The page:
Who do you really trust to handle your real estate? A power of attorney is basically a legal document that grants a representative the power to make binding financial and legal decisions for you in the case that you are incapable of doing so. In addition to choosing your representative carefully, you must also choose the amount of power you hand over to him or her carefully! Just like with health care and business transactions, real estate is frequently brought up and fits snugly under the umbrella of both general and limited power of attorney Indeed, there is a power of attorney for real estate specifically. Well, with any limited power of attorney, you can delegate specific powers for your agent to carry out; perhaps sell a car or borrow money for a business endeavor. Managing real estate is just one of those many duties your agent may be in charge of. A real estate power of attorney gives your chosen agent the freedom to buy and sell real estate on your behalf. Making mortgage payments and doing other miscellaneous tasks may be included powers as well.
Your agent may also be able to conduct transactions relating to your business, as long as it is with regard to real estate. Real estate is a valuable commodity and you'll want to make sure that the person who has the power of attorney is trusted and not to mention, business savvy. But why wouldn't you manage the real estate on your own? Why not cut out the middleman and retain total control over your financial interests? Here are some reasons you might be interested in a real estate power of attorney.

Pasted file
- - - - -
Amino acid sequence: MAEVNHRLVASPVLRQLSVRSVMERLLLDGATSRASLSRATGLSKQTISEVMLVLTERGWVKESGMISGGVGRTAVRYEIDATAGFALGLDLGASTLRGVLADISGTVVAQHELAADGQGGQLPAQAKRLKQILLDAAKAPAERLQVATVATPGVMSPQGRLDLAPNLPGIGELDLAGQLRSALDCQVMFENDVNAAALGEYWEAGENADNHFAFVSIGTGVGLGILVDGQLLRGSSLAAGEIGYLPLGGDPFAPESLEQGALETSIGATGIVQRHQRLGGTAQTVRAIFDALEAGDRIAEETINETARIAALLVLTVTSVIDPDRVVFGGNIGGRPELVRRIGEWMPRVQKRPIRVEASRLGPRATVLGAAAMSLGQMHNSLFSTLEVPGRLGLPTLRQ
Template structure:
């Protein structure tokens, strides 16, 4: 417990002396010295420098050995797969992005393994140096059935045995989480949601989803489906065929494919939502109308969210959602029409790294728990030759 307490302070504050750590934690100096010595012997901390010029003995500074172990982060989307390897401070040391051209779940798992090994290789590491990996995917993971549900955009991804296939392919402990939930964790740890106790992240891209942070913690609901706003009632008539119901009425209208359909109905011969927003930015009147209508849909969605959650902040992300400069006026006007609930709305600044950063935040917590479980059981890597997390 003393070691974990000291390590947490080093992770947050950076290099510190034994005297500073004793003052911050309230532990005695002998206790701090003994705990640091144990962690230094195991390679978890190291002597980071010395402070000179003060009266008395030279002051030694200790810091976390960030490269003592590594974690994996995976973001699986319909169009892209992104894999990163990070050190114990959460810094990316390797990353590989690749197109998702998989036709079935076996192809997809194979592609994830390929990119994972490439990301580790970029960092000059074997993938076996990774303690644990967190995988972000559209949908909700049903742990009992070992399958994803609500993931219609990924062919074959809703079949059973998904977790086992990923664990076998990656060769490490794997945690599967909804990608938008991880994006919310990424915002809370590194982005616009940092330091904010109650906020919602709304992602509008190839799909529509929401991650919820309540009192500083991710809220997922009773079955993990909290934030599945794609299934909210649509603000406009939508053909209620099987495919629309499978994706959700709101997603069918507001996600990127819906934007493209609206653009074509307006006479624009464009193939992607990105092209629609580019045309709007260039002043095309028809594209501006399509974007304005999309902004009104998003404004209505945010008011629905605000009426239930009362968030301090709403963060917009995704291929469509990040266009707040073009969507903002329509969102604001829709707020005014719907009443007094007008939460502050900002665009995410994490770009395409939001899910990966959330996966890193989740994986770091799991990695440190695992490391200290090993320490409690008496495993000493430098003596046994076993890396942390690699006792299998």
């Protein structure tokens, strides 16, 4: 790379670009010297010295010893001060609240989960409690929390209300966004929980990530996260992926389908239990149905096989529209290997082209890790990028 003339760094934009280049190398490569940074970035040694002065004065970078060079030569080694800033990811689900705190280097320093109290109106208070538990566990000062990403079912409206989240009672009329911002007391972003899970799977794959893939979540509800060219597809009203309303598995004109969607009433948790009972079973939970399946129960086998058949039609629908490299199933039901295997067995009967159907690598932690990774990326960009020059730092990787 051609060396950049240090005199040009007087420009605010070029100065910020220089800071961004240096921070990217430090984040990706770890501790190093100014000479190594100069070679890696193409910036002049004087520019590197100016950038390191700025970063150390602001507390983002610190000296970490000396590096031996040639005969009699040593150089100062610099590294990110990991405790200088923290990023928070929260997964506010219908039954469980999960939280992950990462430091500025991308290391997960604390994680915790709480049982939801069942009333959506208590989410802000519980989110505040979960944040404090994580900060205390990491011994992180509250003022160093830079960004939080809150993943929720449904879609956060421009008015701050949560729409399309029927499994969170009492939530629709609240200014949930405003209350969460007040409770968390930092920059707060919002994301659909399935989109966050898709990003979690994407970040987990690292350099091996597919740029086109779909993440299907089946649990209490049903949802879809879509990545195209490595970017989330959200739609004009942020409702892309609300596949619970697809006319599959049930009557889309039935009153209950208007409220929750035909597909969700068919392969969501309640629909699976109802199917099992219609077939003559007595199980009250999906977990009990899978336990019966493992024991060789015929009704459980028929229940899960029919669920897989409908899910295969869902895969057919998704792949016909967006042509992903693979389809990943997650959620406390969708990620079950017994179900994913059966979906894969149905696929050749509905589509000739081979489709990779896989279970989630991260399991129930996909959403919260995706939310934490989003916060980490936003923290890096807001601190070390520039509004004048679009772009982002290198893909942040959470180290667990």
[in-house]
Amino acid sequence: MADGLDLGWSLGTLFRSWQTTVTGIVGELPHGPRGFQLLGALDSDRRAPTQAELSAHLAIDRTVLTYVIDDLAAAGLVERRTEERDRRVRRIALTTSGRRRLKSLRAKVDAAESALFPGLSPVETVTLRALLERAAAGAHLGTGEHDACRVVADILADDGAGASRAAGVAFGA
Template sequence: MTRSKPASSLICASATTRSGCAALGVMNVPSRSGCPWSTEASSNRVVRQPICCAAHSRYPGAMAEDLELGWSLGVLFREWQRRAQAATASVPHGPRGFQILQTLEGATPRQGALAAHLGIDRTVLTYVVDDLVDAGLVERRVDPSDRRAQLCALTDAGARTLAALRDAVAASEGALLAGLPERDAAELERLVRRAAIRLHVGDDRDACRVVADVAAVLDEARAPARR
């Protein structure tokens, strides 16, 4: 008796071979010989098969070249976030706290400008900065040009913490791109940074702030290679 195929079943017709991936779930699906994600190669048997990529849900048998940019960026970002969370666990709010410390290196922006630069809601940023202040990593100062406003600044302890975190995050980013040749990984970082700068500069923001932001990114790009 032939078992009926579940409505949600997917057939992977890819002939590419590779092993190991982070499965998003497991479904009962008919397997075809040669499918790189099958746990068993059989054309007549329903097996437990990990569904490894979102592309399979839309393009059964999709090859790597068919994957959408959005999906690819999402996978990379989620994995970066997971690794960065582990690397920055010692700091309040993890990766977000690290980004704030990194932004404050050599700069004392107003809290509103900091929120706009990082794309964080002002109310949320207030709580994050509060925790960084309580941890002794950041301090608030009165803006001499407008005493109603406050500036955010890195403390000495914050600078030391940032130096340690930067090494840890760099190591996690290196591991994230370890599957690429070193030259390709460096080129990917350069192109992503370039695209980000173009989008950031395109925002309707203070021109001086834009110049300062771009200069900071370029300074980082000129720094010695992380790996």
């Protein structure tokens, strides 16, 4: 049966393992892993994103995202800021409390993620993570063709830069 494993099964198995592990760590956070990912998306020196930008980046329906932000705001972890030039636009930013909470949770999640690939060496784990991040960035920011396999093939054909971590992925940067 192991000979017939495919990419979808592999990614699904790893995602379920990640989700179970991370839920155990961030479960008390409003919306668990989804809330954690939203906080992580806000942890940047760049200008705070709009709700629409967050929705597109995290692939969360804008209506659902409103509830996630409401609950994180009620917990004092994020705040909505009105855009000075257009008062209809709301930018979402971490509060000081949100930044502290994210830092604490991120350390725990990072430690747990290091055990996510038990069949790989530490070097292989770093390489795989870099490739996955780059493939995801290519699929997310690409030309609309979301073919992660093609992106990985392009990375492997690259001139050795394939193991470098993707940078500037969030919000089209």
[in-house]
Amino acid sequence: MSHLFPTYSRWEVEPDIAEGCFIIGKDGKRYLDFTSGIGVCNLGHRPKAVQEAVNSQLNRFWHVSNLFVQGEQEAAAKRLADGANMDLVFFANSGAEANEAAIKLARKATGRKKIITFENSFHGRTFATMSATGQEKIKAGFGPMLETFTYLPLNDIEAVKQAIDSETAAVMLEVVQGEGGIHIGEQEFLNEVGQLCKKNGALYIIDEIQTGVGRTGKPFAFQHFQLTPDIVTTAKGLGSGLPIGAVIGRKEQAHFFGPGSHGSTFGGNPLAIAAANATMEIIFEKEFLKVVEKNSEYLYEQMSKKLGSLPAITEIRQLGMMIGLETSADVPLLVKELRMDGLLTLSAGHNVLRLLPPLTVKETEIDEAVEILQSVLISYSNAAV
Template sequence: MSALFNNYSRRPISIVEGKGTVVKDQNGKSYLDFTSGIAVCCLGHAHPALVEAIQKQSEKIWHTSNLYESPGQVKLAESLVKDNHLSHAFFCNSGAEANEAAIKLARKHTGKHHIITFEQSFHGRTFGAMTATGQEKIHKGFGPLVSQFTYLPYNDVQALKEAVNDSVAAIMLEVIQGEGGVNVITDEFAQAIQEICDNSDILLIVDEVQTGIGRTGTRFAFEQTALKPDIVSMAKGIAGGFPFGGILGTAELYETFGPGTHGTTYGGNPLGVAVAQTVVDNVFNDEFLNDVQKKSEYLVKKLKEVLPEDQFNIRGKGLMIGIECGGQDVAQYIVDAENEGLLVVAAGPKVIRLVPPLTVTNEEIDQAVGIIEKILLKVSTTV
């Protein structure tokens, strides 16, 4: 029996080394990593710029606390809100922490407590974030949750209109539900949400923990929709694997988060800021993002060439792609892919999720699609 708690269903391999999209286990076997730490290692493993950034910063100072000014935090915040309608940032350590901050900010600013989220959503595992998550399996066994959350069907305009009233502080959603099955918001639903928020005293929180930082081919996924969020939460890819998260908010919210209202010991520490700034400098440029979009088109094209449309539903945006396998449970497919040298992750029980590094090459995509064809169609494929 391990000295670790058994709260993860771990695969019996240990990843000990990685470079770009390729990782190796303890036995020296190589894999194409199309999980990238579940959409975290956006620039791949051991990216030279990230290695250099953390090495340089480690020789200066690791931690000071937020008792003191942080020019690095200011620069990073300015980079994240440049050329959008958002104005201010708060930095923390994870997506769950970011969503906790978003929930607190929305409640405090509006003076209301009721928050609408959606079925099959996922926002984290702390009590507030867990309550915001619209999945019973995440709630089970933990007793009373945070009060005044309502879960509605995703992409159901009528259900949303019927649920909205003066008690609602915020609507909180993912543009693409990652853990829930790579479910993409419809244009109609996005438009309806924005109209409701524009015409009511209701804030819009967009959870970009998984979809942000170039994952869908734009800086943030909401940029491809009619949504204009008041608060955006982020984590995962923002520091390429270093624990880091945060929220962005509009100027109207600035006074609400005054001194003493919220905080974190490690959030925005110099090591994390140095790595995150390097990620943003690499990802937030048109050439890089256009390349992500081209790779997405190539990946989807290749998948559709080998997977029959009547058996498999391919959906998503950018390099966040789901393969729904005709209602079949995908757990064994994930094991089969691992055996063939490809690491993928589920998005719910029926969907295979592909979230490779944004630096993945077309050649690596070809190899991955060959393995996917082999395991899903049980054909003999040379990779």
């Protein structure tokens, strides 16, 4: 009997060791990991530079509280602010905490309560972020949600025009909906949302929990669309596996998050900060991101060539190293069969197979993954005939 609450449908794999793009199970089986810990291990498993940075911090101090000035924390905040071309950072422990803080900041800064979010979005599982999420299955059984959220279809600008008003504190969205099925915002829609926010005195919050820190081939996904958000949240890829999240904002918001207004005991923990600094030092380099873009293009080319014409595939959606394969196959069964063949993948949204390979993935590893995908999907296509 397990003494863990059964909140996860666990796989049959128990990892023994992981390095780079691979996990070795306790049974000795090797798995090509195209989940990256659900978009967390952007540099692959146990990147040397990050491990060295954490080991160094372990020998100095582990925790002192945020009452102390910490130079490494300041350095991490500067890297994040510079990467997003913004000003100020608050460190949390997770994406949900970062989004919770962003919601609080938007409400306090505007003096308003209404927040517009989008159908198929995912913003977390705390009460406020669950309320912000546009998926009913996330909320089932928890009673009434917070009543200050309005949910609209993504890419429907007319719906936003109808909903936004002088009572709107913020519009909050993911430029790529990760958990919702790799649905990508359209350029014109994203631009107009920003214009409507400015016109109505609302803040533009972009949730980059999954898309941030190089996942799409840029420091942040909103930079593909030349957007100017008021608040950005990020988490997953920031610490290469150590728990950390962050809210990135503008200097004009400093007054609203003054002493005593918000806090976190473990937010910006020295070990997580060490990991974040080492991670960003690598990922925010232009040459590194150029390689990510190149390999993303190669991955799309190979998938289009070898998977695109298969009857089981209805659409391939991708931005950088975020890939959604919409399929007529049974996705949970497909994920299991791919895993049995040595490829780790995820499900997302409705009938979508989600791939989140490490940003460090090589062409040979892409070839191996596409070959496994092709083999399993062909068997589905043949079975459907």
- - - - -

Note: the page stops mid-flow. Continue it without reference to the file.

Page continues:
1) The most basic reason: there are real estate documents that must be dealt with and you will not be in town to review and sign them 2) You will be out of town for an extended period of time or unavailable, for whatever reason, to manage your real estate affairs 3) You simply want someone else to manage your real estate, whether because of distance or a lack of expertise! Finding a form for power of attorney for real estate is easy to do. Forms for all kinds of power of attorney are available for free via the World Wide Web. However, while you can fill out these forms on your own, it's recommendable that you go over them with a knowledgeable lawyer.
Your lawyer might even recommend you fill out a durable power of attorney form, too, which retains the power of attorney in the case that you are disabled or incapacitated. Note: your final step will be notarization and it is not a step you can skip! Your property may not only be financially valuable to you, but it might also have sentimental significance. Whatever the case, real estate is no minor affair and it's important that you choose an agent well-adept to handle it and who only has your best interests in mind.
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